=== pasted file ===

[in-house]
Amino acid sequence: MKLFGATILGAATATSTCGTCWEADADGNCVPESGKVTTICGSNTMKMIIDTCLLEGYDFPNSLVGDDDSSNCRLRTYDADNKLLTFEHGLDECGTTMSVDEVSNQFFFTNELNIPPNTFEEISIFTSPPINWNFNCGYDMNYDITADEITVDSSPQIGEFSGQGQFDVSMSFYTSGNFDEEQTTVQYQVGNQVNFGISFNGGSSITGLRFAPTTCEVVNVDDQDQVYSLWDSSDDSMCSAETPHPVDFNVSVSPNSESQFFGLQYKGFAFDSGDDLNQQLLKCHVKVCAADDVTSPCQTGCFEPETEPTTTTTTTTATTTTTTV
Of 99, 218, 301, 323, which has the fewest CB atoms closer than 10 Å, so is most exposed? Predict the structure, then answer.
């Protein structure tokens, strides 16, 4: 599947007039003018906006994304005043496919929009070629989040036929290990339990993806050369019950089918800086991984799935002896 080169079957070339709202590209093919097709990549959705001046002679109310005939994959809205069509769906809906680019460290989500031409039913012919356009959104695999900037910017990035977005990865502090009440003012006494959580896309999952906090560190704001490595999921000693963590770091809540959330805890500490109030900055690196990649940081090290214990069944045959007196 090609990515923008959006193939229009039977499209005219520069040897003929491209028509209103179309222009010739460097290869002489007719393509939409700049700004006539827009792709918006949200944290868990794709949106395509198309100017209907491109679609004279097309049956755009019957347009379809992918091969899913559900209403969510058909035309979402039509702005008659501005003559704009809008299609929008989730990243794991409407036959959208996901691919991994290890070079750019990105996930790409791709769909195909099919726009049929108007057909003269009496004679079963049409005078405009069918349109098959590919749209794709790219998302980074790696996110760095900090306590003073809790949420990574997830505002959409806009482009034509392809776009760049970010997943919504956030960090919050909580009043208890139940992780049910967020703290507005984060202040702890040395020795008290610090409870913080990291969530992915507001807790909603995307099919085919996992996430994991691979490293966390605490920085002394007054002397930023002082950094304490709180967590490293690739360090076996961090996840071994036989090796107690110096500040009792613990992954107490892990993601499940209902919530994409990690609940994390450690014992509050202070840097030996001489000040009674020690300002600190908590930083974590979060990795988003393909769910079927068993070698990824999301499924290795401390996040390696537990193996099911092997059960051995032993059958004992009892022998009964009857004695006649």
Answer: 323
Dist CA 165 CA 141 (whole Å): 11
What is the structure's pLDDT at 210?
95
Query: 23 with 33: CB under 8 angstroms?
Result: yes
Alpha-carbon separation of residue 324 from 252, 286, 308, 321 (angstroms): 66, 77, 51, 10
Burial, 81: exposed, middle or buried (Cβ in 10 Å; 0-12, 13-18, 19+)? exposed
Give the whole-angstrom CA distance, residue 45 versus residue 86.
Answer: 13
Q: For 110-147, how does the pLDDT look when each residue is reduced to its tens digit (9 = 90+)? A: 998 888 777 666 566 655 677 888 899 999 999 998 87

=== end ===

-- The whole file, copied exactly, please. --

[in-house]
Amino acid sequence: MKLFGATILGAATATSTCGTCWEADADGNCVPESGKVTTICGSNTMKMIIDTCLLEGYDFPNSLVGDDDSSNCRLRTYDADNKLLTFEHGLDECGTTMSVDEVSNQFFFTNELNIPPNTFEEISIFTSPPINWNFNCGYDMNYDITADEITVDSSPQIGEFSGQGQFDVSMSFYTSGNFDEEQTTVQYQVGNQVNFGISFNGGSSITGLRFAPTTCEVVNVDDQDQVYSLWDSSDDSMCSAETPHPVDFNVSVSPNSESQFFGLQYKGFAFDSGDDLNQQLLKCHVKVCAADDVTSPCQTGCFEPETEPTTTTTTTTATTTTTTV
Of 99, 218, 301, 323, which has the fewest CB atoms closer than 10 Å, so is most exposed? Predict the structure, then answer.
């Protein structure tokens, strides 16, 4: 599947007039003018906006994304005043496919929009070629989040036929290990339990993806050369019950089918800086991984799935002896 080169079957070339709202590209093919097709990549959705001046002679109310005939994959809205069509769906809906680019460290989500031409039913012919356009959104695999900037910017990035977005990865502090009440003012006494959580896309999952906090560190704001490595999921000693963590770091809540959330805890500490109030900055690196990649940081090290214990069944045959007196 090609990515923008959006193939229009039977499209005219520069040897003929491209028509209103179309222009010739460097290869002489007719393509939409700049700004006539827009792709918006949200944290868990794709949106395509198309100017209907491109679609004279097309049956755009019957347009379809992918091969899913559900209403969510058909035309979402039509702005008659501005003559704009809008299609929008989730990243794991409407036959959208996901691919991994290890070079750019990105996930790409791709769909195909099919726009049929108007057909003269009496004679079963049409005078405009069918349109098959590919749209794709790219998302980074790696996110760095900090306590003073809790949420990574997830505002959409806009482009034509392809776009760049970010997943919504956030960090919050909580009043208890139940992780049910967020703290507005984060202040702890040395020795008290610090409870913080990291969530992915507001807790909603995307099919085919996992996430994991691979490293966390605490920085002394007054002397930023002082950094304490709180967590490293690739360090076996961090996840071994036989090796107690110096500040009792613990992954107490892990993601499940209902919530994409990690609940994390450690014992509050202070840097030996001489000040009674020690300002600190908590930083974590979060990795988003393909769910079927068993070698990824999301499924290795401390996040390696537990193996099911092997059960051995032993059958004992009892022998009964009857004695006649």
Answer: 323
Dist CA 165 CA 141 (whole Å): 11
What is the structure's pLDDT at 210?
95
Query: 23 with 33: CB under 8 angstroms?
Result: yes
Alpha-carbon separation of residue 324 from 252, 286, 308, 321 (angstroms): 66, 77, 51, 10
Burial, 81: exposed, middle or buried (Cβ in 10 Å; 0-12, 13-18, 19+)? exposed
Give the whole-angstrom CA distance, residue 45 versus residue 86.
Answer: 13
Q: For 110-147, how does the pLDDT look when each residue is reduced to its tens digit (9 = 90+)? A: 998 888 777 666 566 655 677 888 899 999 999 998 87